Thursday, January 13, 2011

Hong Kong Snackie Frenzy

I have arrived in Hong Kong! This place is straight up nuts. Especially in the food department it is insane. Everyone told me before I arrived that it is impossible to have a bad meal in Hong Kong and so far, including some questionable drunken 7-11 decisions, it seems that they were right. I'm staying on my boy Lucky's couch out in the new territories in Sheung Shui, which by the way seems to be a town entirely made up of restaurants and barber shops. The first night I arrived, deaf and valium-loopy from the flight, Lucky took me to eat at the local Da Pai Dong or outdoor food stall. Da Pai Dong's for the most part are basically low small tables surrounded by little plastic stools out on the side of the road serviced by a tiny kitchen. That first night they brought out a bucket of ice and cold beer and a metal divided pot with two types of broth which they put bubbling on a central burner. The idea is to order raw food items then cook them in the broth, dip them in some chillies and soy sauce then munch. I think, in our excitement we kind of over ordered because once the raw dishes started coming they didn't stop for like forty minutes. In to the broth and into our gullets went fish balls, pork balls, greens, gelatinous pigs blood, brisket, fatty beef, tofu, fried fish nuggets, two kinds of mushrooms, pork dumplings, chive dumplings, chicken dumplings, and big shiny slabs of beef liver. Each and every bite was spectacular, the cold beer, scalding broth and chillies blasting through my dopey travel weary haze. After all of that food and eighty eight ounces of beer the bill came to something like $15.00. I don't think I'm ever gonna leave.

I've been here for four days now and the meals have just kept getting better and better. They really take their eating seriously here. Take a look at the diagram (above) hanging in the window of the restaurant next store. That's right, that's a map of a piece pork! The second night we went out downtown for a spot of carousing and grabbed a bite at a roadside bo zai fan place. Bo zai fan is rice that is cooked in a ceramic pot until it sticks to the sides and even might start to burn a little. I ordered mine with chinese sausage and Lucky got his with greens and fatty pork. The way your supposed to eat it is remove the lid, pour on soy sauce, then replace the lid so all the goodies are steamed in the sauce then mix it all up. The end result is a melange of chewy rice, crispy rice, fatty meaty bits and caramelized bits of sauce. Bo zai fan is a famous Hong Kong winter food and it is now my comfort food of choice.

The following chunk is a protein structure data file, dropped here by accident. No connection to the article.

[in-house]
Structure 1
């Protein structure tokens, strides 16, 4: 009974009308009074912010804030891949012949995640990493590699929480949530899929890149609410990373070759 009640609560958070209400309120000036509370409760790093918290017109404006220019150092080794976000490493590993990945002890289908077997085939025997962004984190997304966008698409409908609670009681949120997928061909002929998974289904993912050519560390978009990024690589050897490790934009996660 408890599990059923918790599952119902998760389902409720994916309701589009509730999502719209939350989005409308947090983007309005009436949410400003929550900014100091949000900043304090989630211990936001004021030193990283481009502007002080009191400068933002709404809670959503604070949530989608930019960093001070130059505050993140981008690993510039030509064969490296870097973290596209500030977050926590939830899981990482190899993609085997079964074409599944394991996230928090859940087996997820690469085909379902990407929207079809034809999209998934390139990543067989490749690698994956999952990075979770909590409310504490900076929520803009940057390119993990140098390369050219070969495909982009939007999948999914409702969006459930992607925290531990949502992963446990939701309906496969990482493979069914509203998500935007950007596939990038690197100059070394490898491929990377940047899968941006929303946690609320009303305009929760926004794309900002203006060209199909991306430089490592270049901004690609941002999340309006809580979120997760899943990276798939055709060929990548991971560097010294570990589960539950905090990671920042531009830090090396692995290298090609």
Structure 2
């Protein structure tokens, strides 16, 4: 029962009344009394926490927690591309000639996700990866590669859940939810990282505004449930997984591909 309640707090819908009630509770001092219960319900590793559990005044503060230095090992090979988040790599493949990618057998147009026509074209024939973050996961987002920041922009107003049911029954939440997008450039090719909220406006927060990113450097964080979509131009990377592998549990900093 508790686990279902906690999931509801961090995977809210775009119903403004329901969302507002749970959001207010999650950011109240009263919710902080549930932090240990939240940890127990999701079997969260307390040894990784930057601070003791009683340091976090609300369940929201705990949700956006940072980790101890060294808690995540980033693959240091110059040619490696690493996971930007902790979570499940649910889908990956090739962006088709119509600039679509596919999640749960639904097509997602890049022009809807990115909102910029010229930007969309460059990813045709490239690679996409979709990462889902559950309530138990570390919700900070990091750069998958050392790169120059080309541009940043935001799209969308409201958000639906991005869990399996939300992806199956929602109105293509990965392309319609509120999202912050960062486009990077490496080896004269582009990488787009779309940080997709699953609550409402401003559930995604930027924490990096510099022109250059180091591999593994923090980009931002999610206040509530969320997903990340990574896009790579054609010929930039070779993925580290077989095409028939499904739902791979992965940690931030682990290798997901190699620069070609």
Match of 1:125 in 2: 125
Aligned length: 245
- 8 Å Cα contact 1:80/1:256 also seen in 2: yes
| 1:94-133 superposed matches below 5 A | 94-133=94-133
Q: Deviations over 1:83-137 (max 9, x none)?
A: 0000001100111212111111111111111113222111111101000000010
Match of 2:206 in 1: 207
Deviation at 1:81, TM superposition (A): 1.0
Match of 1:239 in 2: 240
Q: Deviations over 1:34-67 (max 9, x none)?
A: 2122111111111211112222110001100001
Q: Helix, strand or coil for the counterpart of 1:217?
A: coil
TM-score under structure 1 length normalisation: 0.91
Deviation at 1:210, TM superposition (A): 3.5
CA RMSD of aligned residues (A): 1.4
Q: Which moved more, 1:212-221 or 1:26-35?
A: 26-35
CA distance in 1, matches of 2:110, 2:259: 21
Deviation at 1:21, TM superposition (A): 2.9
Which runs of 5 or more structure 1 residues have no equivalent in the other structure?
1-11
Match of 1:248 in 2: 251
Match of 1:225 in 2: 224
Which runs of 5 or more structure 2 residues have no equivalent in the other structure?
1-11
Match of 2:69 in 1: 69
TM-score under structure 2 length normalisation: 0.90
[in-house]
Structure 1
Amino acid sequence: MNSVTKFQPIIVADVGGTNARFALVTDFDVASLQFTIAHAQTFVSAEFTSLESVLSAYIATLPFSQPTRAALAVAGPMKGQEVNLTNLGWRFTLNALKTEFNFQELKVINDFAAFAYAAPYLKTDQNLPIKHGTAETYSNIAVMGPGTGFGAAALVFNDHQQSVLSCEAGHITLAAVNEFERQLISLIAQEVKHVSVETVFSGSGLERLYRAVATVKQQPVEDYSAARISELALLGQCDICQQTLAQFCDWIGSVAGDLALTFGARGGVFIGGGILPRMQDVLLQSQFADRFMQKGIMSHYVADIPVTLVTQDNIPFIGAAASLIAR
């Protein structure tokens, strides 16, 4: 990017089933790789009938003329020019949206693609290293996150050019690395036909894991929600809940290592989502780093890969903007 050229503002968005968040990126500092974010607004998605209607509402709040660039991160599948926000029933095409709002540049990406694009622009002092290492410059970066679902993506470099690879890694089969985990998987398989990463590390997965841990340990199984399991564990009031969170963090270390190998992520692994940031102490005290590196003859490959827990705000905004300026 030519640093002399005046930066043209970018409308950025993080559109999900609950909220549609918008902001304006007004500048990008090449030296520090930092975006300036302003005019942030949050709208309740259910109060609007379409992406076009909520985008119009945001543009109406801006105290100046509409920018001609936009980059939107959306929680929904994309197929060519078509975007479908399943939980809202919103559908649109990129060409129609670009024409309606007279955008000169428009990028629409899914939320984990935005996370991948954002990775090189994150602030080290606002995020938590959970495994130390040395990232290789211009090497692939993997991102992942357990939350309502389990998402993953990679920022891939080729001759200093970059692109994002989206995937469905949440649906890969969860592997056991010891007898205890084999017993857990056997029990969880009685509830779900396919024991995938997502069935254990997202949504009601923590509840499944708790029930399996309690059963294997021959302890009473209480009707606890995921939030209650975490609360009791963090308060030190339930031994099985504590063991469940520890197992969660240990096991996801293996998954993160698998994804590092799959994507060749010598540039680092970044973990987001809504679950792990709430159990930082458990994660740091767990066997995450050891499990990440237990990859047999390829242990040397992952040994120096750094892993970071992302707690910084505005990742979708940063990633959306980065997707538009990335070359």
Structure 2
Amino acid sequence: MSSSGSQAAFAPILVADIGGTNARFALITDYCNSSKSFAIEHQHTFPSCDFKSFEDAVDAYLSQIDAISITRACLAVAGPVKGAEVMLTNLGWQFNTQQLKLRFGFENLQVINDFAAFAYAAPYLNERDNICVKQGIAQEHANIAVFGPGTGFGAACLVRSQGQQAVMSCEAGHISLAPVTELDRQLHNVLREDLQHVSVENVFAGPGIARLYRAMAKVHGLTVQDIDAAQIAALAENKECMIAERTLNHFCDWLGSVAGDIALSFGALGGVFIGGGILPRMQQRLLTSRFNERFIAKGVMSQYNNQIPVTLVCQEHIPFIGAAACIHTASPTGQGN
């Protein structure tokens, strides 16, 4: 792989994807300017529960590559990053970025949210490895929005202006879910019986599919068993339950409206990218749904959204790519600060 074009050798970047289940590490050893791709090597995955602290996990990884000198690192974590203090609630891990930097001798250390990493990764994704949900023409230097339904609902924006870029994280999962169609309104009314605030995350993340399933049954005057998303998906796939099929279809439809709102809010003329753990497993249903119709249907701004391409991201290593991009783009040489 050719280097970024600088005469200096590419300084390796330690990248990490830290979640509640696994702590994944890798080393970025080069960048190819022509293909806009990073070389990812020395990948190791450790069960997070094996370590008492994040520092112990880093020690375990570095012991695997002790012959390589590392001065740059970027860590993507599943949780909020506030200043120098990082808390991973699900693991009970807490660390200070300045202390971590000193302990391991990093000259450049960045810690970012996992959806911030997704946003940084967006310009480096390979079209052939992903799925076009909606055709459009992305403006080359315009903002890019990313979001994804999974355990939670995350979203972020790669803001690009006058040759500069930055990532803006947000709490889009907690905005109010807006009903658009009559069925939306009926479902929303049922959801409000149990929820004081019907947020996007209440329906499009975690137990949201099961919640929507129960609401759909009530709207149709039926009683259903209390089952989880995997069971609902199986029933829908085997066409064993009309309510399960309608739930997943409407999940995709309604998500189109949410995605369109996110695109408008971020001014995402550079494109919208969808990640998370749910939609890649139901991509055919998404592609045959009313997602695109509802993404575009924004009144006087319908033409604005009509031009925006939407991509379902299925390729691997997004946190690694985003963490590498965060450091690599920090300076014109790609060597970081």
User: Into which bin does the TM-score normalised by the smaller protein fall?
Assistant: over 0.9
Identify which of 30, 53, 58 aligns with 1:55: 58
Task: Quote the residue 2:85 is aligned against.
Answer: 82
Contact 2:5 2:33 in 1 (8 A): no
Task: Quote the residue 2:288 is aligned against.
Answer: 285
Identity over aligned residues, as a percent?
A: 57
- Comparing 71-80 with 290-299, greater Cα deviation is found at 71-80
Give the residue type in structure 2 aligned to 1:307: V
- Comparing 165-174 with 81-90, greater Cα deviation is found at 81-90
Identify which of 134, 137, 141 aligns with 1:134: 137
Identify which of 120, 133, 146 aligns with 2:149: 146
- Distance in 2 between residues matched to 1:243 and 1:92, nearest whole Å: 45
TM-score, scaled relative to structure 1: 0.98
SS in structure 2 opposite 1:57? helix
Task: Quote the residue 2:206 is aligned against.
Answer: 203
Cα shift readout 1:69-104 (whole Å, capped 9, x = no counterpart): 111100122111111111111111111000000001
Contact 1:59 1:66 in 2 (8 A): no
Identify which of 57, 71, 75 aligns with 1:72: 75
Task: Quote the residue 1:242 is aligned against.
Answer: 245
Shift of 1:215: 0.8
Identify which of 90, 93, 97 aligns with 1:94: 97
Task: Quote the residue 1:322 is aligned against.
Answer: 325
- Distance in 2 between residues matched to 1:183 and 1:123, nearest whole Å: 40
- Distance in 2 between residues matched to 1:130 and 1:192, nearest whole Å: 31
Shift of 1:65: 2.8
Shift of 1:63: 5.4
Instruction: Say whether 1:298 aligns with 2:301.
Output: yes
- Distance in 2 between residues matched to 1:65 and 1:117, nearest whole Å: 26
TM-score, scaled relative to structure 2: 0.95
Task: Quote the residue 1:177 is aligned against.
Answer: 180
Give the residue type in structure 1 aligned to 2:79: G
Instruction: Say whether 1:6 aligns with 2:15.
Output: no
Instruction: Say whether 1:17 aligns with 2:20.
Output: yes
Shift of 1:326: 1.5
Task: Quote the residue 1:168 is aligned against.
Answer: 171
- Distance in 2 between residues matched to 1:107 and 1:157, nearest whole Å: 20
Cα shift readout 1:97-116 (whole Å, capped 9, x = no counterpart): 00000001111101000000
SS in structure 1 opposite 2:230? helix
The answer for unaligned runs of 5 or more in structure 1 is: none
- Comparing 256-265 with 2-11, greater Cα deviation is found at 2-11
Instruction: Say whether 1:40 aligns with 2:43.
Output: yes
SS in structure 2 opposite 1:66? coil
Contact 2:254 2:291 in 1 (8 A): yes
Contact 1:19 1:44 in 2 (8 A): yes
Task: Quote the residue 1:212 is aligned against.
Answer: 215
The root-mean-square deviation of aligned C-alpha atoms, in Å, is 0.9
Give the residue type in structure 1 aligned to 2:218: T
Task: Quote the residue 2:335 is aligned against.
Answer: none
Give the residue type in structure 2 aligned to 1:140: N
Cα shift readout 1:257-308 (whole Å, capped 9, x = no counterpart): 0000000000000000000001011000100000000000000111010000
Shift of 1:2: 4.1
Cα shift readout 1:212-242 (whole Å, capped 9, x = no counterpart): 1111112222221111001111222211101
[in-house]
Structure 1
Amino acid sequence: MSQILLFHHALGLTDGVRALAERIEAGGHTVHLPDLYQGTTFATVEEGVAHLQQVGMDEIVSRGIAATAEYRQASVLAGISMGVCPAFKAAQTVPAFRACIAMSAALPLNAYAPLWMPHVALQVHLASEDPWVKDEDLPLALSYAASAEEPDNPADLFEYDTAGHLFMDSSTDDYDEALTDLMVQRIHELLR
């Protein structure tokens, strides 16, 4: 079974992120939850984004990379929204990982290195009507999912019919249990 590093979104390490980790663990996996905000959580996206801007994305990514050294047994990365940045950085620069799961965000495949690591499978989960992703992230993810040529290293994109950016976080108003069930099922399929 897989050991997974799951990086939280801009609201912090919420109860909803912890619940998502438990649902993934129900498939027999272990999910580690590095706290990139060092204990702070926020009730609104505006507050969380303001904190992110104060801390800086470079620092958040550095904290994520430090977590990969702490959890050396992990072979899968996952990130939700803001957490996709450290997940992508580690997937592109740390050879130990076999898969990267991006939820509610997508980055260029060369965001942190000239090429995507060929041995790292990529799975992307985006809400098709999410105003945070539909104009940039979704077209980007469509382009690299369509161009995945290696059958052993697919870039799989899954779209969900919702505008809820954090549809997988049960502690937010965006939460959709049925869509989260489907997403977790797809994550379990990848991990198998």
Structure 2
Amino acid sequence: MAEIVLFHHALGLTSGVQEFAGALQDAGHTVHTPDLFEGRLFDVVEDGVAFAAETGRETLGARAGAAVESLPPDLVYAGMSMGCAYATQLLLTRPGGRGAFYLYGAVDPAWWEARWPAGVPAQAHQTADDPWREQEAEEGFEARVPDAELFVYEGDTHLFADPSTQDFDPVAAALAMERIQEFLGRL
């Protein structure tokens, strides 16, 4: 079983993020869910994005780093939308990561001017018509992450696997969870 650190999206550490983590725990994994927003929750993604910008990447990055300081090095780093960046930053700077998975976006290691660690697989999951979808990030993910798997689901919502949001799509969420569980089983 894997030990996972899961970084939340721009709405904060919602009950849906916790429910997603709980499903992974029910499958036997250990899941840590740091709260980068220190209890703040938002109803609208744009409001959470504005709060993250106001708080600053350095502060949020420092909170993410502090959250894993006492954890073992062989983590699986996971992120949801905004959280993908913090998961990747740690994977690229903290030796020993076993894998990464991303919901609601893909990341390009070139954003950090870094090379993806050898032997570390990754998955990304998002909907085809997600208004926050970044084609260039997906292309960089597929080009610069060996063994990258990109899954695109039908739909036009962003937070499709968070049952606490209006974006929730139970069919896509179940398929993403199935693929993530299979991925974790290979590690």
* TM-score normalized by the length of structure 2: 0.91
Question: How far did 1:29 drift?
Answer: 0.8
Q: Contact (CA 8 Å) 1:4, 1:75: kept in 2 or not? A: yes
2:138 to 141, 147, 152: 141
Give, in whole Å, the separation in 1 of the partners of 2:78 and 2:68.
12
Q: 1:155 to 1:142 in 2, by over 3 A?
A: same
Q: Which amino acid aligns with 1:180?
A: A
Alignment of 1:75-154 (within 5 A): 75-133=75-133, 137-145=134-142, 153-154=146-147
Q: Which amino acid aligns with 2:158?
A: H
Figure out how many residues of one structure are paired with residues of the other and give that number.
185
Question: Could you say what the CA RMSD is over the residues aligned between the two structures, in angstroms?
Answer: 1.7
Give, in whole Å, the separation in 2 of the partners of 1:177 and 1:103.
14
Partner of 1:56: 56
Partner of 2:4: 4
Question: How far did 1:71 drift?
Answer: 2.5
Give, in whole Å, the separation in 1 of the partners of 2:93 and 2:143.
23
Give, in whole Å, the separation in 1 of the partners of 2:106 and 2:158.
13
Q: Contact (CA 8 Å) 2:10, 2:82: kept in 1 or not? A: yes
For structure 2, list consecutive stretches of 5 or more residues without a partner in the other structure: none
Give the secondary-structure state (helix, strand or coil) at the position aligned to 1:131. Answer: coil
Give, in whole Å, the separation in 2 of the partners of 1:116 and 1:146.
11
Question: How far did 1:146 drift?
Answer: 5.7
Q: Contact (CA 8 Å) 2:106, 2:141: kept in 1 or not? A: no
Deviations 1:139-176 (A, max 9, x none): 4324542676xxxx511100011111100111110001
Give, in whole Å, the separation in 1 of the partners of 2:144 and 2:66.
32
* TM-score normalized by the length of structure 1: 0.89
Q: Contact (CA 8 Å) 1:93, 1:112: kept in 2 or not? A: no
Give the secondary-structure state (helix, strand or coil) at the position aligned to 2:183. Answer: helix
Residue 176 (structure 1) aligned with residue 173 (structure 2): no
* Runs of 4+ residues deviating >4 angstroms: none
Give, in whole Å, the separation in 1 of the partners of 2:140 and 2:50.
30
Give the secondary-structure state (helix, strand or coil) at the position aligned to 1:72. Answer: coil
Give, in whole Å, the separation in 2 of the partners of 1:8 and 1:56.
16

The next morning I was feeling a little worse for wear. Luckily Hong Kong has just the solution, the Cha Chaan Teng or Chinese diner. Basically Cha Chaan Tengs are some sort of crazy hybrid of a cheap Chinese eatery and an American greasy spoon diner. You can get noodles, fried rice with manhole cover sized pork chops and stewed tomatoes, pork rib soup or any other cheap Hong Kong staple along with toast, omelets, fried spam or sandwiches. Being HK this is all served with sweet milk tea, or iced coffee, bubble tea, frozen lemon coke or some other wildly refreshing bevie. This time I went for the Gong See sandwich, or company sandwich (I have no idea). My god... I honestly think if I wasn't hung over and in desperate need this sandwich would have killed me. Assembled like a typical club sandwich between three triangles of heavily buttered white toast, the gong see sandwich consists of alternating layers of tomato, ham, cheese,mayo, BBQ pork, omelette prepared with ground beef, pork liver paste and a thick slab of fried spam. It certainly fixed what ailed me but also sat in my stomach like a cinder block and left me basically immobile for the rest of the day.

Another great perk about the HK food scene is the omnipresence of cheap super-bangin examples of other types of Asian cuisine. The other day I poked my head into the neighborhood Sushi spot and was blown away by the variety and freshness of the sushi. Huge raw shrimps so sweet it seemed they were dipped in sugar, pink perfect slices of salmon, fried mackerel with lemon, salt and soy and raw scallops the size of fists. Again, we way over ordered but the bill was still about a quarter of what it would have been in the states. That night we headed downtown to Mong Kok and ended up eating at a random Korean joint. It was amazing! Lucky was feeling sick so he just had some chicken dumpling soup but I sprung for the fatty pork and kimchee. Two huge slabs of pork back fat arrived with a heaping bowl of fiery kimchee. You cook the pork on a slanted grill in the middle of the table putting the kimchee, along with cloves of raw garlic on the down hill side so that as the fat renders off the pork it passes through the garlic and fries the kimchee. Then you put the pork, garlic cloves and kimchee in a lettuce leaf with herbs and peppers, slather it with sauce, wrap it up, dip it in rice wine vinegar then chow down. Dear lord... I can't even begin to describe how bangin.

Ok I have a lot more to share (spicy wonton soup with fried fish skin?) but I'm getting so hungry I can't handle it. Time to get dressed and head out. I still haven't tried any BBQ goose...

Himachi Tsukiji
G/F., Block A, No.10, Fu Hing Street,
Shek Wu Hui, Sheung Shui, N.T.

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